The impact of Covid-19

All researches point at an increase of the problem, which concerns millions of patients on the European continent. “During the pandemic, but also in the post-pandemic era, with the post-COVID syndrome hitting a large part of the population, the need for medicines and treatments has increased. This fact led to an increase, to a certain extent, of the shortages of medicines”, underlined Ioulia Tseti, CEO of the Tsetis Pharmaceutical Group of Companies and general secretary of the Hellenic Federation of Enterprises (SEV).

But this explanation is not enough. As she explains, “the problems of the supply chain and the dependence of the European Union countries on raw materials from third countries made the problem even more explosive. As well as the fact that countries such as India and China banned the export of raw materials for their own needs. And it is known, when raw materials are scarce the price gets higher. We must not forget that the shortage of raw materials and the increase in energy costs were reinforced by the war in Ukraine, as the (once) rich and sufficient grain silo of Ukraine is a raw material for medicine production. Unfortunately, Europe is dependent on third countries and at some point, it must become independent, acquire sufficiency and self-sufficiency in raw materials.”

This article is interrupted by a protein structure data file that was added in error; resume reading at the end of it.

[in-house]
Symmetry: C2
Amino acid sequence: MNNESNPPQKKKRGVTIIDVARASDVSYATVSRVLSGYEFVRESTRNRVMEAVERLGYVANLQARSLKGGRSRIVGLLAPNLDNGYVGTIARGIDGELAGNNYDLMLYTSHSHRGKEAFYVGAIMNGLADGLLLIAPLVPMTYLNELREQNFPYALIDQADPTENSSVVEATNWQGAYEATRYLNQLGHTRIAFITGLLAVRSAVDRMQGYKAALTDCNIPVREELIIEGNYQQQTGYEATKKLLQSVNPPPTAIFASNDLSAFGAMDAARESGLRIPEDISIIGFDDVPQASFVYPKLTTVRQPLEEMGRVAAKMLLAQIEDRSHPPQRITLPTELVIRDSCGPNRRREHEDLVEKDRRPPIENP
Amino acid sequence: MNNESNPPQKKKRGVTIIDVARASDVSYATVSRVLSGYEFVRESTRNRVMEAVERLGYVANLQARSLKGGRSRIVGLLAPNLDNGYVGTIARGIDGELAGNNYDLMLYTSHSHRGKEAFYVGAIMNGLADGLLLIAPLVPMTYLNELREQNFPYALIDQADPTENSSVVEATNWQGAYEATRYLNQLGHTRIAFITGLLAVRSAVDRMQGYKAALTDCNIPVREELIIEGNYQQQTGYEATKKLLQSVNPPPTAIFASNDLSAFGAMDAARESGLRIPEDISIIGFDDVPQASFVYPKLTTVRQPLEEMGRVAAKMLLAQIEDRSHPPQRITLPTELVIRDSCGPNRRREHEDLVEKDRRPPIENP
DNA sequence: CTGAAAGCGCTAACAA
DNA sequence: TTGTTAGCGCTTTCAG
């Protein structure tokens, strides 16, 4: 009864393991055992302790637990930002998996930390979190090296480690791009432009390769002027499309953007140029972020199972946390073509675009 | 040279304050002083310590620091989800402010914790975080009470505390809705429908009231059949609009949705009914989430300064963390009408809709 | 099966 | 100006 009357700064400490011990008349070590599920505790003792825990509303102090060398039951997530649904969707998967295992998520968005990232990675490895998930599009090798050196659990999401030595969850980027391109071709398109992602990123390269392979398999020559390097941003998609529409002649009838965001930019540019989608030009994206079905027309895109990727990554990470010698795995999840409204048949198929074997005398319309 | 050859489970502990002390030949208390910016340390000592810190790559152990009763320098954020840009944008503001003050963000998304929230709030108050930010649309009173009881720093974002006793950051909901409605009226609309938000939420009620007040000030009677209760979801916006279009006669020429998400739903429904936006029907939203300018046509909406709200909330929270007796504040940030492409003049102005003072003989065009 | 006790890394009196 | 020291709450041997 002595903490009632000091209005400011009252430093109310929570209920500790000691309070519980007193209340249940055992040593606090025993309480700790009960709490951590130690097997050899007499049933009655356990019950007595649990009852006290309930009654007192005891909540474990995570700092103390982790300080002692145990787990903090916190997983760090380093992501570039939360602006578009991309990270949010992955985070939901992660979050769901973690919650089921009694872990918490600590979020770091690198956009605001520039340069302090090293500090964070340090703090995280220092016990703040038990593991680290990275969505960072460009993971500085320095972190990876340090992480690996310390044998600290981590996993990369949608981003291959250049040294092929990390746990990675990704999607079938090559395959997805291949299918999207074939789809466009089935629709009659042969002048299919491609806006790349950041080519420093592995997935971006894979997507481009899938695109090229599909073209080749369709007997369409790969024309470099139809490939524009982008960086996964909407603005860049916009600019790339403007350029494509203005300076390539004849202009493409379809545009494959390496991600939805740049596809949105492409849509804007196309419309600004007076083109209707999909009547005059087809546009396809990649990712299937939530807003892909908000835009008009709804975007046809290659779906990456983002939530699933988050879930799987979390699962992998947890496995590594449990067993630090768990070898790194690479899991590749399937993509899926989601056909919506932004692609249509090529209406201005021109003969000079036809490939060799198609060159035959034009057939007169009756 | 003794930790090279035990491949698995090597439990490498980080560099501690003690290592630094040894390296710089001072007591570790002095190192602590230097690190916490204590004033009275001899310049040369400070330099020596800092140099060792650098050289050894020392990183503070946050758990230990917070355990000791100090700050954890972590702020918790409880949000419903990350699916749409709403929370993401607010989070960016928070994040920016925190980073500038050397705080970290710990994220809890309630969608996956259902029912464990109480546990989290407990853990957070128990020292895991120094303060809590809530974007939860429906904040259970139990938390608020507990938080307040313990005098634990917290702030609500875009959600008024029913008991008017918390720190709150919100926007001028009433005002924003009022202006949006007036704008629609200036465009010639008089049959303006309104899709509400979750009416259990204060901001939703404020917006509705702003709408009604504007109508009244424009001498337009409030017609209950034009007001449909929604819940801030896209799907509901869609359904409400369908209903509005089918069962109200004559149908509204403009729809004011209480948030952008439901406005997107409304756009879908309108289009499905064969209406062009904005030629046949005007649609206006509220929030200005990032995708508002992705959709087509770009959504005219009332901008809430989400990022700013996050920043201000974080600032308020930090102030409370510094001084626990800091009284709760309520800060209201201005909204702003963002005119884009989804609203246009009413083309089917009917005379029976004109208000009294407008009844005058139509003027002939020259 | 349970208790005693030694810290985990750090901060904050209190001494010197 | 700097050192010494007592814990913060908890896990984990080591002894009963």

The war is not the only one to blame…

The root causes of the problem are the result of different economic, structural or regulatory causes, Ilaria Passarani, general secretary of the PGEU, underlines at MIIR. She herself summarizes these as follows:

  • The increasingly globalized nature of pharmaceutical manufacturing, including Active Pharmaceutical Ingredients (API), with production concentrated in fewer sites distributed around the world;
  • Shifts in demand, resulting from longer term factors such as demographic change, but also short-term factors such as tendering of medicines leading to difficulties in providing sufficient quantities of medicines for some markets;
  • Pricing strategies and regulatory changes that in some cases may have an impact on supply;
  • The imposition of fixed quotas of medicines by the pharmaceutical industry, often not sufficient in relation to patients’ actual needs;
  • The removal of the traditional role of the full line wholesalers as a result of Direct to Pharmacy (DTP) schemes in some markets;